What’s New in Inventor 2016: Multi-Body Sheet Metal Parts (Part-2)

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What’s New in Inventor 2016: Multi-Body Sheet Metal Parts (Part-2)

Ok so we are back, and ready for some more exciting stuff…

We left off with getting a very basic understanding or working with Multi-Body sheet metal parts, which is basically the same as the normal Multi-Body functionality, it’s just now available for the sheet metal features.

So now what we going to see is creating the individual components from that Multi-Body part.

There are two ways of doing this, you get the “Make Part” and the “Make Components” methods.

The Make Part method

When using the Make Part button you can make individual part files from selected geometry, sketches, parameters etc. So in a way it’s pretty much like exporting the Solid from the multi-body part into its own part but as a derived part, instead of deriving a part into an existing part. (If you would like to know about derive parts select the following link (place link to derive part blog).). You can do this to get individual components or even an assembly and its parts (but will combine parts into one part).

I nifty thing is, that even though the part may be a “derived” part, the flat pattern can still be created if the sheet metal template is used.

So to start, select the “Make Part” button.

make part in inventor

Then the “Make Part” window opens, now this looks almost exactly like the derive part window (Green), but has the option to select templates for parts and assemblies and enables you to rename them (Red).

make part in inventor settings

The derive area options are all still the same as the normal derive part so there’s nothing to worry about there, the only thing to not is that if you select more than one solid body, it will create a derived multi-body part which kind of brings back to where you started. Unless of course you create an assembly as well, which just puts the Multi-Body Part into an assembly.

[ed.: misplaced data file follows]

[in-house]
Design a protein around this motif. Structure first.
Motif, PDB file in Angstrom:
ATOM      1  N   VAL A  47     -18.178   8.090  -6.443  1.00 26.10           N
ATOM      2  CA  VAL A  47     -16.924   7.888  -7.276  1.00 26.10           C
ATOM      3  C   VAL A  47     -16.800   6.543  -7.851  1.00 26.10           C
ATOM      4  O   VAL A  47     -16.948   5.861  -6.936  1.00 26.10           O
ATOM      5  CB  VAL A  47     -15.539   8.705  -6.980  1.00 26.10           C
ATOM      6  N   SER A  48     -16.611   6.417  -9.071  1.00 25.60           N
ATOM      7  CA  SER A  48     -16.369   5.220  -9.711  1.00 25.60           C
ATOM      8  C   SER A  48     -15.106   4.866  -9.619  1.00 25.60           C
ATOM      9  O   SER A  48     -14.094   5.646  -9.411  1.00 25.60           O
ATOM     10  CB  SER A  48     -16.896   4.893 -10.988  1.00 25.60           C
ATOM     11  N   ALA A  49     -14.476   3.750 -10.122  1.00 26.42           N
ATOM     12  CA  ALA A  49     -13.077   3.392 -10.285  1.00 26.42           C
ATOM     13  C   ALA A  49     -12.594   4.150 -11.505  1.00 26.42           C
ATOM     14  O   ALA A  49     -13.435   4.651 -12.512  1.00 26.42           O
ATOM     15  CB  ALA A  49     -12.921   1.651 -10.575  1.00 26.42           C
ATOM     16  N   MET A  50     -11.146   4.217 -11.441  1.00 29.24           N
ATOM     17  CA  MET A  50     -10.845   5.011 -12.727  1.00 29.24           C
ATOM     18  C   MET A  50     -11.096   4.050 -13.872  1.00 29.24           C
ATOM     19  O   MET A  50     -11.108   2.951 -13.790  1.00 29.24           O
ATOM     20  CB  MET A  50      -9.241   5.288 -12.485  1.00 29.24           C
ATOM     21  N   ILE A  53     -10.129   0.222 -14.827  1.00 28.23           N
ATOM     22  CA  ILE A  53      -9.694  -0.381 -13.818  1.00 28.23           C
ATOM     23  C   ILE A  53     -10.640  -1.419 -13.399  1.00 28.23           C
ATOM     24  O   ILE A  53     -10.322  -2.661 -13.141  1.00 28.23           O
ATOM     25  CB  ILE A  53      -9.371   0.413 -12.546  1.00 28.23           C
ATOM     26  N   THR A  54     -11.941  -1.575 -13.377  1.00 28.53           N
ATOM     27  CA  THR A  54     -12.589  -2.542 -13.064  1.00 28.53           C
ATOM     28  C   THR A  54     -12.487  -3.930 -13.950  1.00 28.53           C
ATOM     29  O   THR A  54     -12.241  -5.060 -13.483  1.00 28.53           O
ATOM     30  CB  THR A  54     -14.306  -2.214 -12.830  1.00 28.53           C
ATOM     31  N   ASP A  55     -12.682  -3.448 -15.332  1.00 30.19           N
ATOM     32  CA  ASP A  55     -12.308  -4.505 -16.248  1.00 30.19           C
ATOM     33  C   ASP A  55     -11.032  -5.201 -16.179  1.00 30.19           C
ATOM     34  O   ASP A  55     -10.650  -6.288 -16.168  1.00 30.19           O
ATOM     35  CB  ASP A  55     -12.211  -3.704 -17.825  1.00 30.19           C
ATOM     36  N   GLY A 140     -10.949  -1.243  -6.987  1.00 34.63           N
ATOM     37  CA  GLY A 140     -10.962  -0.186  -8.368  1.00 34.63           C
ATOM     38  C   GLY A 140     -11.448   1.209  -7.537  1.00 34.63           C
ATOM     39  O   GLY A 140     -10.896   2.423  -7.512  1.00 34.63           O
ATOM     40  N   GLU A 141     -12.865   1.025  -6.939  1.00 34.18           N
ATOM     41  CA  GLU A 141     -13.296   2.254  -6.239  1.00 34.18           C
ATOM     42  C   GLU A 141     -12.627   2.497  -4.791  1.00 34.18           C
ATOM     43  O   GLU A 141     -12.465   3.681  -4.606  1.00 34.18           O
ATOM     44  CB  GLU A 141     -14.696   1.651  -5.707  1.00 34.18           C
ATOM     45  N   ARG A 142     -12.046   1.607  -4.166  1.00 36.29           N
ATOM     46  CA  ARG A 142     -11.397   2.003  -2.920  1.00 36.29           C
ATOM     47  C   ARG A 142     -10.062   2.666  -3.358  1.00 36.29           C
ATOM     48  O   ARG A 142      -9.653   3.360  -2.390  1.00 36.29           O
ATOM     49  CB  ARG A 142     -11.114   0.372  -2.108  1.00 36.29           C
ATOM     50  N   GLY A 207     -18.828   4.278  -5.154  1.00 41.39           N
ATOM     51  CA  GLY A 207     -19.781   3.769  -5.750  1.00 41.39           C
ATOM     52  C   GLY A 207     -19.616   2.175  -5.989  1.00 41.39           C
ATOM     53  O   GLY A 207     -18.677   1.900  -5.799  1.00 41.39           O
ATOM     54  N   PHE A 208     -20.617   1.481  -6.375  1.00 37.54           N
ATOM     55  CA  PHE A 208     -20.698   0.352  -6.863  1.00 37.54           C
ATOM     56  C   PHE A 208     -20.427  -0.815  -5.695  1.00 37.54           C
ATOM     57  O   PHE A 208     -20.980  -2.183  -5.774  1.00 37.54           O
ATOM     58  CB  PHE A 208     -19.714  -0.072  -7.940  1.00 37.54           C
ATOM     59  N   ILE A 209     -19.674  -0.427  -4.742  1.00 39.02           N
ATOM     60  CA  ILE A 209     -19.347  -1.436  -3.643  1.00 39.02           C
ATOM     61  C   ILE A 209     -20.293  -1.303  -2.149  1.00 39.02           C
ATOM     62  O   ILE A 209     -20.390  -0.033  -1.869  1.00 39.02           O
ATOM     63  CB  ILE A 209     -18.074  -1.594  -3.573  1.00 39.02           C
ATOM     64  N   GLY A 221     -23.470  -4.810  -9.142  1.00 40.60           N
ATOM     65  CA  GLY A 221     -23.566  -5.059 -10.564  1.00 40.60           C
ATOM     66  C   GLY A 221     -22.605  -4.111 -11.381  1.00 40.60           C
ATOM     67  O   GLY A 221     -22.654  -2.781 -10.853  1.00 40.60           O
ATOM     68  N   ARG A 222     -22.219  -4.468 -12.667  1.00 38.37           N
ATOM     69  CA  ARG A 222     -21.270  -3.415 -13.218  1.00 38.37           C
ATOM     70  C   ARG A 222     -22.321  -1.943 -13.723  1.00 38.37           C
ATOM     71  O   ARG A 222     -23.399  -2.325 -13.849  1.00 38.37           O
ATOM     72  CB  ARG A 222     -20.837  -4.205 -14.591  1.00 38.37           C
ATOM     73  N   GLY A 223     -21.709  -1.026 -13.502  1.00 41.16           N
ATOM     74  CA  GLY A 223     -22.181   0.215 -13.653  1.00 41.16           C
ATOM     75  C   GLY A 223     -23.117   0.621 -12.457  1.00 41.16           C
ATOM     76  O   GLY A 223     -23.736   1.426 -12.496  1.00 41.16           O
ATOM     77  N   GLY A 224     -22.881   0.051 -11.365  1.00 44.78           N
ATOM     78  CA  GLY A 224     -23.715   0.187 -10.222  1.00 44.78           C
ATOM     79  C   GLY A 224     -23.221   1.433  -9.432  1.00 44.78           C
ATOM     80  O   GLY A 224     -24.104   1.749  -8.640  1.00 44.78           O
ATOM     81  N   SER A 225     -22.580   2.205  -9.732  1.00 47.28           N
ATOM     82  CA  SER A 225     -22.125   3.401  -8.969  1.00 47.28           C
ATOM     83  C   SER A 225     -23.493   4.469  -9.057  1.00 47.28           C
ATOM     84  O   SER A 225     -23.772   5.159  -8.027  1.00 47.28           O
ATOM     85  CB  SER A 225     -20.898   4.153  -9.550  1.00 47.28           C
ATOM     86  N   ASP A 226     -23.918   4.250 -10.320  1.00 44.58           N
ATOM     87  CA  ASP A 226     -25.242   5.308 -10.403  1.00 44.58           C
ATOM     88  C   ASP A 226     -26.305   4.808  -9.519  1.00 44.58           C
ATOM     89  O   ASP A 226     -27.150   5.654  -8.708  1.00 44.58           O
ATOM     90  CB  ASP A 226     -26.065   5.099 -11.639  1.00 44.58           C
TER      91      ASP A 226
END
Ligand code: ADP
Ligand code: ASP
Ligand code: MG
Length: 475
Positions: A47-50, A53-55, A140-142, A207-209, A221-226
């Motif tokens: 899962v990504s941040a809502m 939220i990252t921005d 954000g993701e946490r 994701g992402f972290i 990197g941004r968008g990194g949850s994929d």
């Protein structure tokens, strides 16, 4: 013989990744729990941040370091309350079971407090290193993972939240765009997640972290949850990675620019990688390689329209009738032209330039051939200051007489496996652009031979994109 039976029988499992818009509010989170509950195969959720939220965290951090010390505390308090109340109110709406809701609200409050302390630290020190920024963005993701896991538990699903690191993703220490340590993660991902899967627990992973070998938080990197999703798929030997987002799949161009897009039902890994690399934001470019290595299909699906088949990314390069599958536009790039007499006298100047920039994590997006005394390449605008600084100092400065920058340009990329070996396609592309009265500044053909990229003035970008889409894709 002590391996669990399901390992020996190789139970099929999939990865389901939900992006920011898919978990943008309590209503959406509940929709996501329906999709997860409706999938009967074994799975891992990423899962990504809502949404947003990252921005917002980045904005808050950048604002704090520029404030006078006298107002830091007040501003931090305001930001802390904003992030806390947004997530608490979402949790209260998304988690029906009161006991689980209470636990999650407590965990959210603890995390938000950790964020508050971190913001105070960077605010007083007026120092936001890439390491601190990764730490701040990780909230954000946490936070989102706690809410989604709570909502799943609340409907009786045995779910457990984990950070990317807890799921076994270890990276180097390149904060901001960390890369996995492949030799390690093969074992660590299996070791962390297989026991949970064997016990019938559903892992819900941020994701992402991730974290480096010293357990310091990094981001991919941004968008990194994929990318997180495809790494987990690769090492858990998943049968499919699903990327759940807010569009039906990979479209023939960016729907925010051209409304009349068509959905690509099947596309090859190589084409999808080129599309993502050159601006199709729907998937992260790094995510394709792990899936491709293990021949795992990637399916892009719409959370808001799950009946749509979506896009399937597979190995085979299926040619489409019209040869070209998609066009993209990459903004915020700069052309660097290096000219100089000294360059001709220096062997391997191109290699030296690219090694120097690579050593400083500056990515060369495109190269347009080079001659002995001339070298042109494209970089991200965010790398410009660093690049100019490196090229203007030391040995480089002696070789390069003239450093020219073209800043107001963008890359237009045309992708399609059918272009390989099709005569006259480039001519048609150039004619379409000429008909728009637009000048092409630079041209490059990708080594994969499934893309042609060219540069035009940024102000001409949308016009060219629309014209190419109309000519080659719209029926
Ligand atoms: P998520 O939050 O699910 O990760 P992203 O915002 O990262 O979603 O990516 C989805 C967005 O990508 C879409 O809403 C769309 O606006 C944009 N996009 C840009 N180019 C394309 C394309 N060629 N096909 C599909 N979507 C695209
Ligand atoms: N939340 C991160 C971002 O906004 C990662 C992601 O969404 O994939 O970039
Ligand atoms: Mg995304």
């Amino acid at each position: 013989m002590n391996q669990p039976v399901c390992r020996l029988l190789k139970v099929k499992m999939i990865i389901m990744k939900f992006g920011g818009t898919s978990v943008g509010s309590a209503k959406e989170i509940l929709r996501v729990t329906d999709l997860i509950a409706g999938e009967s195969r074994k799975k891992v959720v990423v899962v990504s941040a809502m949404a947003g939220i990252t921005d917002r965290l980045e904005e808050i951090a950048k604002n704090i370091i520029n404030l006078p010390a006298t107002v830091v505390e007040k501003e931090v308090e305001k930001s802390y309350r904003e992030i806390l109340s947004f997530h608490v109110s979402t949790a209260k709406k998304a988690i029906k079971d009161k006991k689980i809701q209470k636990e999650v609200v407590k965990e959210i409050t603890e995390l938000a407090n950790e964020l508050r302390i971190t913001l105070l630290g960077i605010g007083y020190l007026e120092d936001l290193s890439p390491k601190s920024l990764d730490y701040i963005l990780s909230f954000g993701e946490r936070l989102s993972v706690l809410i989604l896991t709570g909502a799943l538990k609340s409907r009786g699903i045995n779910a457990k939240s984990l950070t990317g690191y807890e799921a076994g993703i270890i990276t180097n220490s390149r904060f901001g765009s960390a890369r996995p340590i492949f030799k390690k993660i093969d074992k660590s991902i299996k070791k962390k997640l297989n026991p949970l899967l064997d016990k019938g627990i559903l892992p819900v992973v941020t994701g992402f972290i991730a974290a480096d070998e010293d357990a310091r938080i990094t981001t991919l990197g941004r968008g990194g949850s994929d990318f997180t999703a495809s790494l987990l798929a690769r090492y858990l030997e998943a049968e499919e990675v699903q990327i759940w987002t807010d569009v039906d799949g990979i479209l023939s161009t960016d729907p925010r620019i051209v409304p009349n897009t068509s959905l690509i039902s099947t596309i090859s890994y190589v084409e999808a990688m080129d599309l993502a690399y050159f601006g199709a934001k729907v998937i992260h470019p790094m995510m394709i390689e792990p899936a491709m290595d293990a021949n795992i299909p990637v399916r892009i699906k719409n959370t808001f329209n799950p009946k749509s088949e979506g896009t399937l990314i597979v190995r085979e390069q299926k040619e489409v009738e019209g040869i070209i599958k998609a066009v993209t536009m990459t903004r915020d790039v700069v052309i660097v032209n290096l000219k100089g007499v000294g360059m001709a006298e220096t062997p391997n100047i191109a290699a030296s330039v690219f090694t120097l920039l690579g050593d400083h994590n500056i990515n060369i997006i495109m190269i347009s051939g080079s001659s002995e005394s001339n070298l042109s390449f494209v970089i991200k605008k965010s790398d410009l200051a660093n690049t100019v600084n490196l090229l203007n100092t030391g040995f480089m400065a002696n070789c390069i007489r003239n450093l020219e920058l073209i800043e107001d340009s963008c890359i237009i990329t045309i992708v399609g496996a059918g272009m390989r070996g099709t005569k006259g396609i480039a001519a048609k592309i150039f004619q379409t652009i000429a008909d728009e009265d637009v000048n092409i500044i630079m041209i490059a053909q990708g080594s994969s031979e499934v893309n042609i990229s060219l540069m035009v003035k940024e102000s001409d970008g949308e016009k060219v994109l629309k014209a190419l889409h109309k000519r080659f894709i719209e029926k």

You can obviously Rename the part and assembly file to what you would like it to be, as well as selecting there templates.

So nothing really new there, just kind of a mix between the derive part and creating a part in an assembly window.

The Make Components method

Select the “Make Components” button

make component in inventor

The Make Components window appears, asking you to select which components you would like to “Make”.

make component in inventor settings

You can select the components from the working window or the “Solid Bodies” folder in the browser.

If you only want to create the part files and not have them inserted into an assembly file uncheck the “Insert components in target assembly” check box.

make components in target assembly

You also have the opportunity to rename the assembly file, otherwise it will keep the name of the multi-body sheet metal part.

Select “Next” if you are happy to move on.

make components bodies

This is the next window it takes you to.

In this window you can turn the parts to surface, change the individual parts names, their templates, their stored location, as well as many others options.

When you click Apply, depending what you have selected, it will create the individual part files and the assembly file.

Things to note, the part files will be created as “derived” parts but not to worry as these too you will be able to create your flat patterns from.

Now isn’t that a very nifty trick?

Once you have done either one of these processes, you will be able to create your flat patterns or even carry on modelling in their sheet metal environments.

And from then on things are back to normal.


Hope you could benefit from this and enjoy the new Awesome 2016 Functionality.

By | 2017-05-24T12:12:46+00:00 June 19th, 2015|

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